*n*) for the contingency table obtained with the same threshold:

*b*/

*n*and

*c*/

*n*for a contingency table obtained by random chance, with sample climatology

*s*and the frequency bias index

*B*=

*r*/

*s*equal to those of the original binary fields. By applying Murphy and Winkler’s (1987) factorization and Bayes’s theorem, the joint probabilities estimated by

*b*/

*n*and

*c*/

*n*can be expressed as the product of marginal and conditional probabilities (e.g., see Jolliffe and Stephenson 2003; Wilks 2006). Conditional probabilities for random chance are equal to the unconditional probabilities. Then,

*b*/

*n*and

*c*/

*n*are estimated by the products of the marginal probabilities solely. The expected value of the MSE for a biased random binary forecast and the observation fields is then estimated by

_{u,l}and uses random chance as the reference forecast. The binary random MSE estimated by Eq. (4) is equipartitioned across the

*L*+ 1 scales to obtain the IS skill score:

^{−1}due to the 160-km storm, which is displaced almost its entire length.

From Eq. (5) and Eqs. (1), (3), and (4), it is easy to show that for each threshold *u* the average of the scale components of the IS skill score is equal to the Heidke skill score (see section 3.3 of Casati et al. 2004). The IS skill score can be interpreted as a scale decomposition of the Heidke skill score (HSS). The intensity-scale technique, in this respect, bridges categorical and scale-separation (or scale decomposition) verification approaches.

### b. The energy

*X*is the average of the field gridpoint squared values:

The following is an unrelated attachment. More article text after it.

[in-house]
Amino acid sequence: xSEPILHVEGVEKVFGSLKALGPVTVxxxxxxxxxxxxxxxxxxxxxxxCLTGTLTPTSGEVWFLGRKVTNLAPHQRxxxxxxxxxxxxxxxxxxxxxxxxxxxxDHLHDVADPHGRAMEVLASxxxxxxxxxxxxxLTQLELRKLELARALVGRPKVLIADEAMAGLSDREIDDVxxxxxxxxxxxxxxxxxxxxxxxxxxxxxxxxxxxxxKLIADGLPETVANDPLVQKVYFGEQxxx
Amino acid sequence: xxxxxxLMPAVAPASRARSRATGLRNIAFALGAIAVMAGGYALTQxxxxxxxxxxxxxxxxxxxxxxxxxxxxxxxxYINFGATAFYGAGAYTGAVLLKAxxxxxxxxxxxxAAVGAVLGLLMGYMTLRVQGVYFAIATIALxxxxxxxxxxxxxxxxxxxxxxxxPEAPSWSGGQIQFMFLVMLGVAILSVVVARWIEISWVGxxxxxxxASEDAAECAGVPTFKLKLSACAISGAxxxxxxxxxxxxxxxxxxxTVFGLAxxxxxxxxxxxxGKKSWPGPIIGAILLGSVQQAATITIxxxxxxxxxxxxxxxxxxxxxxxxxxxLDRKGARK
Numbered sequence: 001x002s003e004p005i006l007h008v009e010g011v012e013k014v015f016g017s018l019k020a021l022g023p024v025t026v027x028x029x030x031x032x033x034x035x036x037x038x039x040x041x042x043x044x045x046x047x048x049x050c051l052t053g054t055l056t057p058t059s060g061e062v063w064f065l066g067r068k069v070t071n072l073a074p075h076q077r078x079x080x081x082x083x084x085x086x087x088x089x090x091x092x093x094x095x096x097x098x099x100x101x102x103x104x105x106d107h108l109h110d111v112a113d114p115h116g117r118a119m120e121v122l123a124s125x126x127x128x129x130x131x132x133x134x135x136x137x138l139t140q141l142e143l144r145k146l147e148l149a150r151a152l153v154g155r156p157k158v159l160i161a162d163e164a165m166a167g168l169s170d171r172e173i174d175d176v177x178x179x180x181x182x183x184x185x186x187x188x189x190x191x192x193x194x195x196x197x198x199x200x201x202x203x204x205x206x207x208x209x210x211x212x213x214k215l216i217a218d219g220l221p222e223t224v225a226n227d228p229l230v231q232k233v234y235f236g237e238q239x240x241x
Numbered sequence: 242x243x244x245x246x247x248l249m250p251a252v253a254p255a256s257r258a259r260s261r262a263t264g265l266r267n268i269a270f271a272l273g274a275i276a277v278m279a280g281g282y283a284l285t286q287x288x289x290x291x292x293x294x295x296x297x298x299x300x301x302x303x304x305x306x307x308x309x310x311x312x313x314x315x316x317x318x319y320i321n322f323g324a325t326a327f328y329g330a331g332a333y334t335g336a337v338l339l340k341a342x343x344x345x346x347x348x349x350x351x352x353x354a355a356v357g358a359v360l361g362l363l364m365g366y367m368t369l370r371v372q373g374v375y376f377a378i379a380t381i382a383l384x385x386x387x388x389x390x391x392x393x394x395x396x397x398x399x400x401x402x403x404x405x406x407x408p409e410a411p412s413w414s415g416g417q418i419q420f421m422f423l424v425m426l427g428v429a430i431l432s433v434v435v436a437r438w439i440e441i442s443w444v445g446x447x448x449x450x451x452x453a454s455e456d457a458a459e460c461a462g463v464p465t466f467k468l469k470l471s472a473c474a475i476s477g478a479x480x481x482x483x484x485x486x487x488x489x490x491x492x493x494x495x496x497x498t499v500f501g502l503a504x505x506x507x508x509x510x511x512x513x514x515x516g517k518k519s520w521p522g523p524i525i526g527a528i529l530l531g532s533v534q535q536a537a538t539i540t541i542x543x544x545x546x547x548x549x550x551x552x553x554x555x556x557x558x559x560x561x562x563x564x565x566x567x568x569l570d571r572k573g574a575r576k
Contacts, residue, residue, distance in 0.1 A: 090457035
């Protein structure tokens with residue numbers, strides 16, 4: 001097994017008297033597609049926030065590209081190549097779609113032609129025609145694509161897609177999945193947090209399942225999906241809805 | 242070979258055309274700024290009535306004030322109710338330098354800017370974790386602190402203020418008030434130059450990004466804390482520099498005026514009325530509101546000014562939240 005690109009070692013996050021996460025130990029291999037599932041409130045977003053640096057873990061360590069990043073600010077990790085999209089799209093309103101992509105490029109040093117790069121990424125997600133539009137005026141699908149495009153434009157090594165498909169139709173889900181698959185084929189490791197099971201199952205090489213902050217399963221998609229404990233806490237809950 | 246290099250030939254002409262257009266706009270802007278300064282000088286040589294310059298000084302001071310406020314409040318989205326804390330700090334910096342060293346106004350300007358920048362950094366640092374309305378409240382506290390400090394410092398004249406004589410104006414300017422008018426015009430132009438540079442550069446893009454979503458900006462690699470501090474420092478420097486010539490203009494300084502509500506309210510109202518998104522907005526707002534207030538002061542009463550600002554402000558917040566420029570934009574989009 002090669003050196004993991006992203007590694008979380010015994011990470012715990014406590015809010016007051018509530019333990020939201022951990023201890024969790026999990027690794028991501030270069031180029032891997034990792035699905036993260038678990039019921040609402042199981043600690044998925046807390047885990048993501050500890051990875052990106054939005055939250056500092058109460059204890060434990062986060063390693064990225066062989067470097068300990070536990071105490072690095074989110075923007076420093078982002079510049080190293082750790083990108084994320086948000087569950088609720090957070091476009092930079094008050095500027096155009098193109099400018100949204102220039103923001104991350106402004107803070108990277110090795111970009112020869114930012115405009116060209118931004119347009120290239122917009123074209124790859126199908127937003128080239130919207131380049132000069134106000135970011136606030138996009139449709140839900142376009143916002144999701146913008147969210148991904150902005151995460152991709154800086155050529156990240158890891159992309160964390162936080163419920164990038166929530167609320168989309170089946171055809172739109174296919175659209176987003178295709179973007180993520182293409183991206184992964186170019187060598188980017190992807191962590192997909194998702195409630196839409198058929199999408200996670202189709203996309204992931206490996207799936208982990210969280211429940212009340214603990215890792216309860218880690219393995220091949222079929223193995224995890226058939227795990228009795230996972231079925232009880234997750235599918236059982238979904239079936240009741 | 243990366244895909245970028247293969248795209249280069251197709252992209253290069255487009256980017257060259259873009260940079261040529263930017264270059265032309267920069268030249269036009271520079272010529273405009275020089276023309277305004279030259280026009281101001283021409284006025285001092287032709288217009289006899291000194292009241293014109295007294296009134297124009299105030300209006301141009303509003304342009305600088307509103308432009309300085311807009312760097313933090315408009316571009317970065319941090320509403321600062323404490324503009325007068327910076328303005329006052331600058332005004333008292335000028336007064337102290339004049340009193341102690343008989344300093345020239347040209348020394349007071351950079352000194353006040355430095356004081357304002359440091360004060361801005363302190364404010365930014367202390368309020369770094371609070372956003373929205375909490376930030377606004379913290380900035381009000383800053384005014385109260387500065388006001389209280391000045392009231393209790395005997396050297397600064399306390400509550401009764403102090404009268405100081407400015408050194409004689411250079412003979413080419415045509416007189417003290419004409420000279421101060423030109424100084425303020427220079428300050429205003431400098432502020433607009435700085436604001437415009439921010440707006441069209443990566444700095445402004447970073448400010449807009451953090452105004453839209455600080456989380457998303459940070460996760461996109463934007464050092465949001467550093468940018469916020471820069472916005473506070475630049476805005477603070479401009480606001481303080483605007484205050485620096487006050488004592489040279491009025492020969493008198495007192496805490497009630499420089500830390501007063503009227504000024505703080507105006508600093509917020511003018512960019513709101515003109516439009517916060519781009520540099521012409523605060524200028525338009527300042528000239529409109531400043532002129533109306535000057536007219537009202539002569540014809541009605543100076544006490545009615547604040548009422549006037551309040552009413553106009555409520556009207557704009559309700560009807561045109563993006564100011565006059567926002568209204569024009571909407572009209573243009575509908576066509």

*, and the energy of the scale components of the binary fields as En*

_{u}_{u,l}, to indicate their dependency on the threshold

*u*and scale

*l*. The energy of the scale components of the binary forecast and observed fields provides feedback on the number of events present in the forecast and observation, as a function of threshold and scale. Figures 6a and 6b show En

_{u,l}for the NIMROD case study forecast and analysis: small thresholds are associated with high energy, since many events exceed the threshold, whereas large thresholds are associated with low energy, since few events exceed the threshold. Note, especially for the analysis, the higher energy at the 160-km scale and for thresholds between ½ and 4 mm h

^{−1}, which is associated with the intense 160-km storm.

_{u,l}provides feedback on the bias on different scales and for each threshold. The energy bias can be assessed by the energy difference, the energy ratio, and by the energy relative difference. The energy relative difference is defined as the difference between forecast (

*F*) and observation (

*O*) energies normalized by their sum:

In this study, for quantitative precipitation forecasts, the energy relative difference is preferred over the energy difference or ratio for the following reasons:

The energy difference tends to overpenalize (underpenalize) differences that are large (small) in absolute value simply because the two energy amounts are large (small). Instead, the energy relative difference accounts for the difference between the forecast and observation energies relative to their magnitude.

The energy ratio compares the forecast and observation energies, accounting for their relative magnitudes. However, the ratio approaches infinity as the denominator (observation energy) approaches zero. The energy relative difference is equal to the centered and scaled energy ratio; therefore, it retains the same type of information but has a finite range.